They also received and signed the Mortgage Development Officer Agreements (“MDO
Agreement”), the documents containing the arbitration clause at issue. The MDO Agreement’s
preamble states, “This Mortgage Development Officer Agreement (“Agreement”) . . . is made by
and between [Santander] (“Bank”) and [Plaintiffs] (“MDO”). For good and valuable consideration
and intending to be legally bound hereby, the Bank and the MDO agree as follows . . . .” MDO
Agreement at 1. It then lists six sections that describe the parties’ various obligations. Id. at 1-5.
Section 5 begins with the bolded heading “TERMINATION AND CLAIMS.” Section
5.04, on the same page, provides that “[a]ny controversy or claim arising out of the MDO’s
employment or the termination thereof shall be resolved through final and binding arbitration . . .
.” MDO Agreement § 5.04. It continues:
Notwithstanding any contrary rule or procedure, the MDO
agrees to waive any right to bring, maintain, or participate in,
or recover any relief from, a class, collective, or representative
action against the Bank, its affiliates, or any of their respective
employees or other agents to the maximum extent permitted by
law . . . Such controversies and claims subject to arbitration include,
but are not limited to, those arising under this Agreement and those
arising under any federal, state or local statute relating to
employment and any tort, contract or common law claim . . . . This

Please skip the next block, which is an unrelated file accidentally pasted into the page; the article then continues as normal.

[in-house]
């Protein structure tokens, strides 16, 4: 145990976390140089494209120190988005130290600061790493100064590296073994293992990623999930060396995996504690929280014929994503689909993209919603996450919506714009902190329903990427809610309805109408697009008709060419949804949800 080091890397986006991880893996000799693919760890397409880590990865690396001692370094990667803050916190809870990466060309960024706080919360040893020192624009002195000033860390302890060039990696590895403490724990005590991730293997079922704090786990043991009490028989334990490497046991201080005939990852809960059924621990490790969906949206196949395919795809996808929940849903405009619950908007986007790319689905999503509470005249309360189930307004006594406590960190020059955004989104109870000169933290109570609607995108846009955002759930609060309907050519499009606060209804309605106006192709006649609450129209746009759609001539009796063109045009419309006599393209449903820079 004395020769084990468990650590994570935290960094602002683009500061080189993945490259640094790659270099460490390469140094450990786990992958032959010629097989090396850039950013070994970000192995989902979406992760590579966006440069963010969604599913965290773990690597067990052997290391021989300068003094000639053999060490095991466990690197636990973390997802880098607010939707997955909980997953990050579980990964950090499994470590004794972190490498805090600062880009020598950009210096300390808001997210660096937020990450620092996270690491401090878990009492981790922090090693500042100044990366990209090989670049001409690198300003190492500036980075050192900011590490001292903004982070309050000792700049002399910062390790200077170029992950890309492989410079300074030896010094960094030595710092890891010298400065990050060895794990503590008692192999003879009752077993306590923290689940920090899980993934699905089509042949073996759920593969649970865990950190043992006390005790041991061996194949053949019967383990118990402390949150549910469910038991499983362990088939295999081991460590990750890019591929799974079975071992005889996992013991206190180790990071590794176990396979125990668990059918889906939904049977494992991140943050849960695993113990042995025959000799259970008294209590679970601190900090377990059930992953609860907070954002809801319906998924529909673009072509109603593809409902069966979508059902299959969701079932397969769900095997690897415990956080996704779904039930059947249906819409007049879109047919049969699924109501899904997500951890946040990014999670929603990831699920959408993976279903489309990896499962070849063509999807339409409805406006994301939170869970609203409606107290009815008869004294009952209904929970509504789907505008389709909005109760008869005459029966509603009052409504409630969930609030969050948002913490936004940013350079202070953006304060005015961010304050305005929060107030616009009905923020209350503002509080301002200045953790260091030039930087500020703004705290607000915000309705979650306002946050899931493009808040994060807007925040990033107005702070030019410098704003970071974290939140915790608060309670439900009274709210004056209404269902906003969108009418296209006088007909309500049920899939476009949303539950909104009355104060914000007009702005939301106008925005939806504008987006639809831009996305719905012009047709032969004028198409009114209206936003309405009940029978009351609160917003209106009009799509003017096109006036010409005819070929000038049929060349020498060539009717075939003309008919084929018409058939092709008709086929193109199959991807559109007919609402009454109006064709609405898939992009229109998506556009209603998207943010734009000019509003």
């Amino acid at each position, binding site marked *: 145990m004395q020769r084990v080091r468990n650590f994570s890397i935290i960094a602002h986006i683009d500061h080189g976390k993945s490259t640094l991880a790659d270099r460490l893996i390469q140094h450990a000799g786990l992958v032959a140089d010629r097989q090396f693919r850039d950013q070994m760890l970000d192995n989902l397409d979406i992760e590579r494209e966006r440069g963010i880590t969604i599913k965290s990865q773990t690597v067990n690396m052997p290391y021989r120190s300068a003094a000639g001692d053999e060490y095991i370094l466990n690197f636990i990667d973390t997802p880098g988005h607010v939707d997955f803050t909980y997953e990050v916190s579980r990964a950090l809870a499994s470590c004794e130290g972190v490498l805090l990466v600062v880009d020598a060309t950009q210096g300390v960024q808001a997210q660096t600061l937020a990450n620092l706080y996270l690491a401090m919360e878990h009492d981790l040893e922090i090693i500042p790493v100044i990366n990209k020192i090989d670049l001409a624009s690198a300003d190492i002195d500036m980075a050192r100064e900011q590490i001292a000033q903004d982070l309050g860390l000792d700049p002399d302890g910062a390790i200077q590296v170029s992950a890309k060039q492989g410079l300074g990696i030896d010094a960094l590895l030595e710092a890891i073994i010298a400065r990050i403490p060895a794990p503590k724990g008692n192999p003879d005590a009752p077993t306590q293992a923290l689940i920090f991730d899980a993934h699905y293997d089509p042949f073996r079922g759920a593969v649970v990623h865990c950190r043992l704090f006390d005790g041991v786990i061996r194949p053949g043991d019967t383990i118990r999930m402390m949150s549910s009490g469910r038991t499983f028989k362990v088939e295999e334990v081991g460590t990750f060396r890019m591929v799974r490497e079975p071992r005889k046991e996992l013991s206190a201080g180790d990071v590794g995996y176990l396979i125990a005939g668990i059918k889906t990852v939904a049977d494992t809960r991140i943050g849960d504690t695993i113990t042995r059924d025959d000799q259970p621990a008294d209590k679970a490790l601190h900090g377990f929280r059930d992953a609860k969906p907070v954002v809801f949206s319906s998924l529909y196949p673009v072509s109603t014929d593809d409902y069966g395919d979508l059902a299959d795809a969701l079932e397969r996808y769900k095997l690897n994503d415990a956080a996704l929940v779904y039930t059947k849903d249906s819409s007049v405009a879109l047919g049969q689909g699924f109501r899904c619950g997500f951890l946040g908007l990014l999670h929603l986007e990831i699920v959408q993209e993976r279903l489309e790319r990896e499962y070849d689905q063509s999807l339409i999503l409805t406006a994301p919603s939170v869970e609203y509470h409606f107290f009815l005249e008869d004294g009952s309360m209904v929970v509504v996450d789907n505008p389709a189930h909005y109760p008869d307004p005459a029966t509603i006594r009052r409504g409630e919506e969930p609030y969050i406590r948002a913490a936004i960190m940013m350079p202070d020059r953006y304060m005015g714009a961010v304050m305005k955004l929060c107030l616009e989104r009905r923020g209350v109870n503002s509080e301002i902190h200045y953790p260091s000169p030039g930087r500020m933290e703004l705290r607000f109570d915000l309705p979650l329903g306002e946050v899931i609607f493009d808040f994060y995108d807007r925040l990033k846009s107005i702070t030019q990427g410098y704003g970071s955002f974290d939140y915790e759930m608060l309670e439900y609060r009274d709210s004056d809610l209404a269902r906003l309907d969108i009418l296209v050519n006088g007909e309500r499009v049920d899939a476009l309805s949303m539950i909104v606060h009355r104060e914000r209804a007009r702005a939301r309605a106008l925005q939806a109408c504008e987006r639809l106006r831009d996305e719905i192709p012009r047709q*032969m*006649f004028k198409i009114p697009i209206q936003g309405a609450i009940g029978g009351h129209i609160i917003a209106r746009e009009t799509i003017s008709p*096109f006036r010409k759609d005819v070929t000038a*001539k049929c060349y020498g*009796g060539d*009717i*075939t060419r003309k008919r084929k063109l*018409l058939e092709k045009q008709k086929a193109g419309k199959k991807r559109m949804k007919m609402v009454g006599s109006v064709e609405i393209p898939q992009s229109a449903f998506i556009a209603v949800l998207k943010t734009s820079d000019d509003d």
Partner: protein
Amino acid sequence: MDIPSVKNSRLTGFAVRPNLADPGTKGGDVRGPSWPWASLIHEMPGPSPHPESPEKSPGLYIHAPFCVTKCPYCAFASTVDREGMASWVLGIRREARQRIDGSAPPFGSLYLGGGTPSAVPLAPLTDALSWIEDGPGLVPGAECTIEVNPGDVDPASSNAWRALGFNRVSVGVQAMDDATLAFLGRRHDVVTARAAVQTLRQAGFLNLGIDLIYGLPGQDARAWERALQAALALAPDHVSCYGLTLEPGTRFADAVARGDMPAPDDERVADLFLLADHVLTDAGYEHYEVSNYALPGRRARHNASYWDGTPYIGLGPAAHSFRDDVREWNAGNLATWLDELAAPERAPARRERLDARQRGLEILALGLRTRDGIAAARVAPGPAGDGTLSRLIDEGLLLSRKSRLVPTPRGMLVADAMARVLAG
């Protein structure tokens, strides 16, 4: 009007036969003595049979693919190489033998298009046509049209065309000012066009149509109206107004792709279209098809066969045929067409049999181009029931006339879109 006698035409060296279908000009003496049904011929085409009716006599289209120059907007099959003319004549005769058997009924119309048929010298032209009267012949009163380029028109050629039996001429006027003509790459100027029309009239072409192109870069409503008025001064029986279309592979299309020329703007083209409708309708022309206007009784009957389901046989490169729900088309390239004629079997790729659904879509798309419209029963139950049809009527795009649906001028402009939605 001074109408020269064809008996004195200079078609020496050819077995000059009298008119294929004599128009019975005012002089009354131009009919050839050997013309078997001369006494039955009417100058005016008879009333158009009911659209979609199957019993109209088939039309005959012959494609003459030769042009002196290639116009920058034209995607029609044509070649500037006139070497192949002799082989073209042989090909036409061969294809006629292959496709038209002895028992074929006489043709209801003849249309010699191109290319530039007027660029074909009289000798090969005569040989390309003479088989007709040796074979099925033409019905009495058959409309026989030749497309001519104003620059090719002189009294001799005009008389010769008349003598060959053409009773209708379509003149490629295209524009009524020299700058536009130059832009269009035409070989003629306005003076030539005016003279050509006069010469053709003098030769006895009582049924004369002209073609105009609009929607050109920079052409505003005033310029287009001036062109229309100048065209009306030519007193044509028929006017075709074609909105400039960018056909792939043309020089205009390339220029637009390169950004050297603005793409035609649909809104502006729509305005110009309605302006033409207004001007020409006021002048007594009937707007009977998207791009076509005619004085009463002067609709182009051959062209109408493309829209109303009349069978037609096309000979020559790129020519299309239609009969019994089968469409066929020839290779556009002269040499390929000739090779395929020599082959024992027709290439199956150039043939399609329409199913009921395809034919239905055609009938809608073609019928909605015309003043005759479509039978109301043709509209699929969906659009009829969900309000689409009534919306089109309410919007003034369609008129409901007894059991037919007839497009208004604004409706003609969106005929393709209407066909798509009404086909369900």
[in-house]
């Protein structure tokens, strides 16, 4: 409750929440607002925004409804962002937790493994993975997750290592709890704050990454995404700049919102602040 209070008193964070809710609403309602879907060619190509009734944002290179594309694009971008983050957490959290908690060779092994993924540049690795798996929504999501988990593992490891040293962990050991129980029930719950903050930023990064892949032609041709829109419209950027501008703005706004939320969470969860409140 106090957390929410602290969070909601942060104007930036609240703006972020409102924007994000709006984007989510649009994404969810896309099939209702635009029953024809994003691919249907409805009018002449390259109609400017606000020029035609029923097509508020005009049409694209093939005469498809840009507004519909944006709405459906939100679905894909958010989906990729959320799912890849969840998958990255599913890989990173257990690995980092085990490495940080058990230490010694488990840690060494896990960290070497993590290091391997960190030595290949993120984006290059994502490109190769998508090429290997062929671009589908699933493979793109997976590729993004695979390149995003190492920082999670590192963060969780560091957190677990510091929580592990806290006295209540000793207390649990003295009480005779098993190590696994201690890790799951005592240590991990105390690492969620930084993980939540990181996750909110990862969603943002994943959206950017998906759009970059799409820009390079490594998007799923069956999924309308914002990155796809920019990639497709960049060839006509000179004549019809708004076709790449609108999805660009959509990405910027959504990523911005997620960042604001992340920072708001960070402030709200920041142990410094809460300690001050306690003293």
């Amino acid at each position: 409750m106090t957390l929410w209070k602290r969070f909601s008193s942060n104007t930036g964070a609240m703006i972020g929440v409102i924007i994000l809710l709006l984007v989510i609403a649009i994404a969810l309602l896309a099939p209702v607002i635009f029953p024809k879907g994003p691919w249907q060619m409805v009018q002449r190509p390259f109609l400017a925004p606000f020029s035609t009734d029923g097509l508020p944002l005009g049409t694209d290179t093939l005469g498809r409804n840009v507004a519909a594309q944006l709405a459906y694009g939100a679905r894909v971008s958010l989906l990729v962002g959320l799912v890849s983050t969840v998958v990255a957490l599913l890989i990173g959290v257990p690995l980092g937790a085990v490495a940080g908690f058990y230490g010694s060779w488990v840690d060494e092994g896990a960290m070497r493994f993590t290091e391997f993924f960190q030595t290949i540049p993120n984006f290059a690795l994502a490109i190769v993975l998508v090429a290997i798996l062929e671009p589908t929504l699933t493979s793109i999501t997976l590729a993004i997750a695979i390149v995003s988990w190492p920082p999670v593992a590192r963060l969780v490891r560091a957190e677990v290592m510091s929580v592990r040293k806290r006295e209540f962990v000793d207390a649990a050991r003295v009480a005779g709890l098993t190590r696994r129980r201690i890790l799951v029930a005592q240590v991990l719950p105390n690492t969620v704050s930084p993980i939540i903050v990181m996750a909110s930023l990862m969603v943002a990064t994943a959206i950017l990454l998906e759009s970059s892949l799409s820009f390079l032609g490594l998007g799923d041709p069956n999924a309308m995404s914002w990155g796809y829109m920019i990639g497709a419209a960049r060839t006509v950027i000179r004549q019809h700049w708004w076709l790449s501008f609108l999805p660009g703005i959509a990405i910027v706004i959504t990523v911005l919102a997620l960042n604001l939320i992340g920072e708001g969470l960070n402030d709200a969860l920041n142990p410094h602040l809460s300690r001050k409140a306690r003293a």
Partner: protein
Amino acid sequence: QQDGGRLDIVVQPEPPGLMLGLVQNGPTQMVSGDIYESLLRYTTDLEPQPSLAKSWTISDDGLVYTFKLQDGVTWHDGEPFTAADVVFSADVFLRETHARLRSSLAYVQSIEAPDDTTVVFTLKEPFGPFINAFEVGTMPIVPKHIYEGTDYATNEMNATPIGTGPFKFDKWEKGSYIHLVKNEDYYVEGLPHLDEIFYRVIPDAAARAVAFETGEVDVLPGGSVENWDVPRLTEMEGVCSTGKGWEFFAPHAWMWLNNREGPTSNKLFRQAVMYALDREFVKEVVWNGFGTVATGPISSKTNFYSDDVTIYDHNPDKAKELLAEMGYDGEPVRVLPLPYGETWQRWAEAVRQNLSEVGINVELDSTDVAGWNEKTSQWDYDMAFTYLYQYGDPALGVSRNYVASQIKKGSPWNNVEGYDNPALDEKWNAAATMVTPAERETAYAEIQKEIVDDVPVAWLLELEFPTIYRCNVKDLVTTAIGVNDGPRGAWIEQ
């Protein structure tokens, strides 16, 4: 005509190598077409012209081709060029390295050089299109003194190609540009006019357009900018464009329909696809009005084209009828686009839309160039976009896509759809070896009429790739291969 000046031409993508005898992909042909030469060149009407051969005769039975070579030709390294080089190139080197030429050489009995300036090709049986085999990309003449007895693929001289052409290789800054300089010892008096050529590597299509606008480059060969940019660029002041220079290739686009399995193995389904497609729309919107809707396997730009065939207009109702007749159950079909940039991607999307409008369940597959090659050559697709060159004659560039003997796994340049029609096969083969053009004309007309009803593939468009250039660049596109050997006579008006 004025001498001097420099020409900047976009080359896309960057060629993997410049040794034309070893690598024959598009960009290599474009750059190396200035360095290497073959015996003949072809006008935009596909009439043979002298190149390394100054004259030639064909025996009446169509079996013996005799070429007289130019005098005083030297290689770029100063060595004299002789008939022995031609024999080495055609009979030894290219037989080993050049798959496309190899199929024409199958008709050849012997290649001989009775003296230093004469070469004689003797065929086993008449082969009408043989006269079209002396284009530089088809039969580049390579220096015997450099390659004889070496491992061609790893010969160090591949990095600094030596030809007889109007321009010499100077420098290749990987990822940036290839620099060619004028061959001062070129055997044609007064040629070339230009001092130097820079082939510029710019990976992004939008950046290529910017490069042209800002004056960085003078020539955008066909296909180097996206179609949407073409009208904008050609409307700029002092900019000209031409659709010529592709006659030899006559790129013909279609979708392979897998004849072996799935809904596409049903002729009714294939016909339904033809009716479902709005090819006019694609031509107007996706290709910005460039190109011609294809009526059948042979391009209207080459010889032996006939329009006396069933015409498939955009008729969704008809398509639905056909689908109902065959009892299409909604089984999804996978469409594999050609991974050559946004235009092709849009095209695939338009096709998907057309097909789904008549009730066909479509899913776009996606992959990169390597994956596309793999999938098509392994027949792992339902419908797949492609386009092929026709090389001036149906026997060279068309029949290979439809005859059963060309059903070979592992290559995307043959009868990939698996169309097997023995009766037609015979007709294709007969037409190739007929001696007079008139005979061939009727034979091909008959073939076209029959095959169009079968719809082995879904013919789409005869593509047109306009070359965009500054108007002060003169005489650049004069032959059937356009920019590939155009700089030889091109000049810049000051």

provision is not intended to limit the Bank’s customary rights of
management, but only to provide the exclusive means by which
disputes between the parties, as described herein, are to be resolved.
Id. (original emphasis).
Section 6.03 on the following page states that the Agreement “contains all of the covenants
and agreements between the parties with respect to such employment in any manner whatsoever
and each party acknowledges receipt of a true, fully signed copy hereof.” Id. § 6.03. On the
bottom of that page, Donna and Nicholas signed on the signature lines, followed by the signatures
of Santander’s representatives. See id. at 5. Directly above their signatures, however, is the
following sentence: “I certify, by my signature below, that I have received a copy of the
Mortgage Sales Commission Plan, which has been provided to me.” Id. (original emphasis).
Donna and Nicholas also signed a confidentiality and non-disclosure agreement, which
was attached to the Agreement as Exhibit A. See id. Ex A.
The day after Donna signed the Offer Letter and MDO Agreement, Santander sent her a
one-page addendum. It began, “You recently have been presented with the [MDO Agreement]
and the [Commission Plan] that will apply to your employment with Sovereign Bank, beginning